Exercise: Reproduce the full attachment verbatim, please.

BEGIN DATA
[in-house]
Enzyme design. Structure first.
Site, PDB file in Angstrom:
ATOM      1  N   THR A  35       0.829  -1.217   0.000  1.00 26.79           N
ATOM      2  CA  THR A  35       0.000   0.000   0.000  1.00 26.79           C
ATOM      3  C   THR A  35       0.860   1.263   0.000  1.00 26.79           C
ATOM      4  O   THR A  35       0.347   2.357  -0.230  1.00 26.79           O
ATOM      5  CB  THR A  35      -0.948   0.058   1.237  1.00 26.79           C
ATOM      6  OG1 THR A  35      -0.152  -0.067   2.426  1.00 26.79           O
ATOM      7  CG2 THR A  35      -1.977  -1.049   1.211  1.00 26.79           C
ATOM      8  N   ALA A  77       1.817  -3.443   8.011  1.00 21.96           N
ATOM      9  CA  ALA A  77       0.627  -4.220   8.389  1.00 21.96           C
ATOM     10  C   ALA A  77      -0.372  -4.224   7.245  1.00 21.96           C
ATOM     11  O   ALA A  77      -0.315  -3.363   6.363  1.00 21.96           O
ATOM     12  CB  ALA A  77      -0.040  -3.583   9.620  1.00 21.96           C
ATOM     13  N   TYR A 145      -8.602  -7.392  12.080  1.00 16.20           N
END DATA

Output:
[in-house]
Enzyme design. Structure first.
Site, PDB file in Angstrom:
ATOM      1  N   THR A  35       0.829  -1.217   0.000  1.00 26.79           N
ATOM      2  CA  THR A  35       0.000   0.000   0.000  1.00 26.79           C
ATOM      3  C   THR A  35       0.860   1.263   0.000  1.00 26.79           C
ATOM      4  O   THR A  35       0.347   2.357  -0.230  1.00 26.79           O
ATOM      5  CB  THR A  35      -0.948   0.058   1.237  1.00 26.79           C
ATOM      6  OG1 THR A  35      -0.152  -0.067   2.426  1.00 26.79           O
ATOM      7  CG2 THR A  35      -1.977  -1.049   1.211  1.00 26.79           C
ATOM      8  N   ALA A  77       1.817  -3.443   8.011  1.00 21.96           N
ATOM      9  CA  ALA A  77       0.627  -4.220   8.389  1.00 21.96           C
ATOM     10  C   ALA A  77      -0.372  -4.224   7.245  1.00 21.96           C
ATOM     11  O   ALA A  77      -0.315  -3.363   6.363  1.00 21.96           O
ATOM     12  CB  ALA A  77      -0.040  -3.583   9.620  1.00 21.96           C
ATOM     13  N   TYR A 145      -8.602  -7.392  12.080  1.00 16.20           N